Unsurprisingly, he says that in the course of his work he meets people who are dealing with a huge amount of shame. Shame is a powerful motivator, and opponents of “conversion therapy” say that the CIT is reinforcing the shame gay people feel over their attraction. But Davidson sees it another way. He said, “They [clients] should not leave us feeling shamed or embarrassed or anything like that. In our work, we find a very high level of shame, and what we say is where there is shame, that’s a very fertile ground for homosexual feelings. So, we need to work on those feelings of shame.”
Interestingly, and perhaps surprisingly to some, Davidson is entirely open to the concept of bisexuality. In fact, contrary to what many people who identify as gay or straight believe, he thinks that most people are actually bisexual to some extent.
“I think that the human race is on a spectrum between absolutely gay and absolutely straight, if we want to use those terms,” Davidson said. “My view is that probably there are actually more bisexuals than absolute gays or absolute straights, we’re all somewhere on the continuum.
“That’s why you can have a 50-year-old man who suddenly takes up with another man, but it’s not that he’s been repressing this. If you believe that gay is innate and you’re born gay, then you have to believe that the 50-year-old has been repressing it his whole life.
“But I think it can just be that people have experiences, and experiences can become attractive and they become habitual, and then they become addictive, and then they become completely normalized in a person’s life.”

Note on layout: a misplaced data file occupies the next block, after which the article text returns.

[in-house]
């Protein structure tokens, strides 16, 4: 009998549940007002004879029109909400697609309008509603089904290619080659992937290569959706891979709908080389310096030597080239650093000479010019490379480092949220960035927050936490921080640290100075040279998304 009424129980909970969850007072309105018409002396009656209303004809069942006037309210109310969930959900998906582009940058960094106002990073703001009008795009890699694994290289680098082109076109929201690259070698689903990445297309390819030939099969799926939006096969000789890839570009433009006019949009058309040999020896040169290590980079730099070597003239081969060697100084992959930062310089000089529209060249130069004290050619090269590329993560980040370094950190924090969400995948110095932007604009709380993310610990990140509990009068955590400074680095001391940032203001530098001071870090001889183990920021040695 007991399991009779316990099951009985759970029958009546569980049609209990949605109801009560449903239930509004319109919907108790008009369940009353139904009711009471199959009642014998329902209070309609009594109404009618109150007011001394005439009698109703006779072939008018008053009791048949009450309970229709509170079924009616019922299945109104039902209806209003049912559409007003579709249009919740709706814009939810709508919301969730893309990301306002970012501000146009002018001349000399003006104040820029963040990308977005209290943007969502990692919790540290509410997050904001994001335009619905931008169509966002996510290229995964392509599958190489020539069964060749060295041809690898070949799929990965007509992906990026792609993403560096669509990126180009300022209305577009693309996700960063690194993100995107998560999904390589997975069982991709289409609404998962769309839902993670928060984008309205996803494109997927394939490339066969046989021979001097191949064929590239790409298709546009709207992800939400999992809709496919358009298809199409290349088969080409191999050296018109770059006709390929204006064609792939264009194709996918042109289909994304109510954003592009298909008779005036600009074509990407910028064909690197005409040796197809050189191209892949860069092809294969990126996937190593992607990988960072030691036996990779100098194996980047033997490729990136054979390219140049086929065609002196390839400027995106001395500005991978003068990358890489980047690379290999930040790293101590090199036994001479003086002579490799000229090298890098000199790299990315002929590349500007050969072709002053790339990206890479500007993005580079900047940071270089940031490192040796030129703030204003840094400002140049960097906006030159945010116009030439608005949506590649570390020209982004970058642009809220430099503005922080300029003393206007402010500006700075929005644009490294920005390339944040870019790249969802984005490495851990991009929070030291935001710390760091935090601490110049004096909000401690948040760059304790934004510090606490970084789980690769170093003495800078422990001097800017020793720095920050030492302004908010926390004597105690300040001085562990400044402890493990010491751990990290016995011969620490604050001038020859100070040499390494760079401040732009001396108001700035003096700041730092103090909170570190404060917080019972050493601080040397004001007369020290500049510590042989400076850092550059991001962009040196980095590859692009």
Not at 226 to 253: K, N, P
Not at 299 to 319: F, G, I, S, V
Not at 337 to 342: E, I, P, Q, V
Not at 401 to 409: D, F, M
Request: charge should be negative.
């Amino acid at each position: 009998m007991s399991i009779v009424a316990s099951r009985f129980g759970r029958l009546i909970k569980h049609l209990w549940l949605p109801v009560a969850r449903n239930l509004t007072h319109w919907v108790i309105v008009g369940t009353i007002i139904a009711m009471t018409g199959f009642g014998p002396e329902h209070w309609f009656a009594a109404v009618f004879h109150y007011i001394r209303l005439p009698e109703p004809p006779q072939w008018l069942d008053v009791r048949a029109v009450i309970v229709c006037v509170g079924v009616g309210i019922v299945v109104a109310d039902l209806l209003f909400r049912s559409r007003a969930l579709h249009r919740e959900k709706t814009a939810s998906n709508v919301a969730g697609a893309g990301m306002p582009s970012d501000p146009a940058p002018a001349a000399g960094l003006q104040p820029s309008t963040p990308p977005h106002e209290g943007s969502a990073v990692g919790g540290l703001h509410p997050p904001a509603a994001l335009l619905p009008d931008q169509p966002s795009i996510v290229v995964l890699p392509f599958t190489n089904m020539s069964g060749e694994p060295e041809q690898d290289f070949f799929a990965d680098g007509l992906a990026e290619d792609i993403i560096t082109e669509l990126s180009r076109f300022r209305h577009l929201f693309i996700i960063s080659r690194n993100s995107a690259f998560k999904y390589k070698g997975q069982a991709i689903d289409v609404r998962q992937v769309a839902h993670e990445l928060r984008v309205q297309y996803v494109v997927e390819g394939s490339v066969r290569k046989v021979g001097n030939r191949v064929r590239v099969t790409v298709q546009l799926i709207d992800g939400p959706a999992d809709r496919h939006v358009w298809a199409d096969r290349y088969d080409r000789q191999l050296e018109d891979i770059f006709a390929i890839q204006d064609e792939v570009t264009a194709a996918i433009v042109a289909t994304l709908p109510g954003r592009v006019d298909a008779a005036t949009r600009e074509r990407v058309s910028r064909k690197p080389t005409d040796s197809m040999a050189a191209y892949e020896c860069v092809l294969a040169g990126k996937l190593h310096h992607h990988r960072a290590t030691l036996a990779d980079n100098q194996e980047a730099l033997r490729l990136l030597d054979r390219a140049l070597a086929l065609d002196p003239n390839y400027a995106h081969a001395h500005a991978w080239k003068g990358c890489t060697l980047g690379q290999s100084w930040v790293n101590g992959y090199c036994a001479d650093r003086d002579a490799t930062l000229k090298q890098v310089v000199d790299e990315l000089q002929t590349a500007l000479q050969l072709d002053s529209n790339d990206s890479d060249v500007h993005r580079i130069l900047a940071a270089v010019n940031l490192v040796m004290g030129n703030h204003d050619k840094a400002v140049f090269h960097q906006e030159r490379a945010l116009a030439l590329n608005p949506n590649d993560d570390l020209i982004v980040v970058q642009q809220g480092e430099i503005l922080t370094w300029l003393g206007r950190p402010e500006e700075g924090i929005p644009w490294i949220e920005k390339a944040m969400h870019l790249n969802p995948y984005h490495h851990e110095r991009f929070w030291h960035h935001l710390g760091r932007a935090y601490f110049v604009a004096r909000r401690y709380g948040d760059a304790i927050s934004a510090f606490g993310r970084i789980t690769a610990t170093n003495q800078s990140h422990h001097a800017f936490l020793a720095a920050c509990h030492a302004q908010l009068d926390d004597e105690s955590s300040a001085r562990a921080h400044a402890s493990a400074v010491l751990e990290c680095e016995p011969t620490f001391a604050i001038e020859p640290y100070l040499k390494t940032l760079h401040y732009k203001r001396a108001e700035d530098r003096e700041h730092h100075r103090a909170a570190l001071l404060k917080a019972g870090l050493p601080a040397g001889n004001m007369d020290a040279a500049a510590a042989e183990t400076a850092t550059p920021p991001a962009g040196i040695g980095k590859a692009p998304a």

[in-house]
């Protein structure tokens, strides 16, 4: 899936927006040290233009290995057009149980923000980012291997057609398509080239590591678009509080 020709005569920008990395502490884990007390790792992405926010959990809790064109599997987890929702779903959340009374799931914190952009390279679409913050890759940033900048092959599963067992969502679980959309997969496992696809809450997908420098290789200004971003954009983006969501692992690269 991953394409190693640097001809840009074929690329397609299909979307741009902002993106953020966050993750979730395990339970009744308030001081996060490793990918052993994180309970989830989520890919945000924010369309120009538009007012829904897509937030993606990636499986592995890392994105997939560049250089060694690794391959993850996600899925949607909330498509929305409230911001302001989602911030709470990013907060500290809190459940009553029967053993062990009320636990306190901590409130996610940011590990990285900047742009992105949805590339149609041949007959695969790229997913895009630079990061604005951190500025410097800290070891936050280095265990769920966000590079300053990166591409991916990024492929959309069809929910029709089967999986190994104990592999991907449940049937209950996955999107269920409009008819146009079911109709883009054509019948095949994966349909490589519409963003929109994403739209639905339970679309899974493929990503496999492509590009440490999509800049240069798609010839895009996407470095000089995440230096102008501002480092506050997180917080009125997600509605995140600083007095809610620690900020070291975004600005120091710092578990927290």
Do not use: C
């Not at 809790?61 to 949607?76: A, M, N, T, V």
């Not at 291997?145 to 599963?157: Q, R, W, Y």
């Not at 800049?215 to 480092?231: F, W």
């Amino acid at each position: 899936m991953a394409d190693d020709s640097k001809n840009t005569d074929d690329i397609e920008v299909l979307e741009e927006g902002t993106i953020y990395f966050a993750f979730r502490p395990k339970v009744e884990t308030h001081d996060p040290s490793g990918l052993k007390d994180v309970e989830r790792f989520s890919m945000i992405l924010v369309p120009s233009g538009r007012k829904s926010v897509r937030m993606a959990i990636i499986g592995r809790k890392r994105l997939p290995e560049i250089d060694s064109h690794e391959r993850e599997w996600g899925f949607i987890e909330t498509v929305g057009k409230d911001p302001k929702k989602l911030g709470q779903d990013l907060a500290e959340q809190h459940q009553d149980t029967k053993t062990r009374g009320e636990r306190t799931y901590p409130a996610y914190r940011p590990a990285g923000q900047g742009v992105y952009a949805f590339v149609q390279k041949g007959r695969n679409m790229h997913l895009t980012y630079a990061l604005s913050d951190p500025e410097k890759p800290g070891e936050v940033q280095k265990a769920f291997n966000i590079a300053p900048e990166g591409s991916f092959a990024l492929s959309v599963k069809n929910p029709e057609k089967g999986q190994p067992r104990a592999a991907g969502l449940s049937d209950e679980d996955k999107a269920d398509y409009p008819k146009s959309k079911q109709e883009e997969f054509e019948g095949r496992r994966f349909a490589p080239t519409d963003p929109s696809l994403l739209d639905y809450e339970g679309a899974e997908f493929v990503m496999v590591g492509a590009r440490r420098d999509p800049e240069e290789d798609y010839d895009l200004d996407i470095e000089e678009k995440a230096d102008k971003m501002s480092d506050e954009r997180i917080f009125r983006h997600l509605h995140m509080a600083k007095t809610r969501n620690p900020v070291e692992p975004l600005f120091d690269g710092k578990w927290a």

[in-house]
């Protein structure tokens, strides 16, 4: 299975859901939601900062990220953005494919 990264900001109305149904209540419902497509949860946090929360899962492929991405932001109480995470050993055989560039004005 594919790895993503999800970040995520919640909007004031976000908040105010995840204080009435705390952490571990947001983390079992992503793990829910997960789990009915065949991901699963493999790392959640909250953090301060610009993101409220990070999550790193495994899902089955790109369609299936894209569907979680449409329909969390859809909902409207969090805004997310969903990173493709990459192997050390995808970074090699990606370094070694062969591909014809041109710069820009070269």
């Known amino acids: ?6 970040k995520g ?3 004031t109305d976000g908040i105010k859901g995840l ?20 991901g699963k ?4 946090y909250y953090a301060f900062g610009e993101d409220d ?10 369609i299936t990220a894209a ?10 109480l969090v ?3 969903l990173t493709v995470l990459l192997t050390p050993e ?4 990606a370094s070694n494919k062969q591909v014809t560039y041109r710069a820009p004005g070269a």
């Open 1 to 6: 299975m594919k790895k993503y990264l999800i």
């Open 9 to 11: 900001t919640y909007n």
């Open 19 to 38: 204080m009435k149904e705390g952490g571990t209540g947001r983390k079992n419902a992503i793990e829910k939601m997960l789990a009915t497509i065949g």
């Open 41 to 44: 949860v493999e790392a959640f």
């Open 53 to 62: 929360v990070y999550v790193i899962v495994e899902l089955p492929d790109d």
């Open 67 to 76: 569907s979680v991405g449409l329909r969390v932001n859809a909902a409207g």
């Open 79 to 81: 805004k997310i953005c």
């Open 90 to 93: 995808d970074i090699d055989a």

He added: “My position would be that most of us are actually bisexual, but this labelling gay, straight and bi in between, I think, is faulty. And it’s part of the political language of the socio-political initiative of the LGBT movement, which tried to achieve something politically and in society. But actual human experience is much more fluid and muddied.”
When it comes to the government’s proposed plan to ban the services he offers, Davidson thinks that Boris Johnson, and Theresa May before him, have both been “mis-advised” about what it is he actually does. He also says that LGBT charity Stonewall has become so enmeshed with the government on issues relating to this subject that they are “indistinguishable,” and that the charity feels like “another government department.”
Discussing the PM’s desire to ban his work, he said: “I think Boris has been misinformed about this, and here are my questions: A young man who finds that he’s been abused, and before that abuse, as far as he can tell, things were going normally, but after that abuse, he was confused and then he entered into a gay relationship.
“So now he wants to go back to what he wanted before that experience. Are we saying that he may not have therapeutic access to undo the trauma that he experienced?
“Question number two: a man who is married, who is struggling with same sex attraction, but who with his partner decides he wants to get professional help to deal with this issue, because he wants to stay in the marriage and stay in his family. Are we saying that he cannot access this? Because in both of those cases, if we say they cannot access this help, then we are forcing them to be gay. This is the ‘must stay gay’ culture.”
All major UK therapy professional bodies and the NHS are opposed to so-called ‘conversion therapy’ on logical, ethical and moral grounds. The British Psychological Society states that “sexual orientations and gender identities are not mental health disorders, although exclusion, stigma and prejudice may precipitate mental health issues for any person subjected to [these] abuses. Anyone accessing therapeutic help should be able to do so without fear of judgement or the threat of being pressured to change a fundamental aspect of who they are.”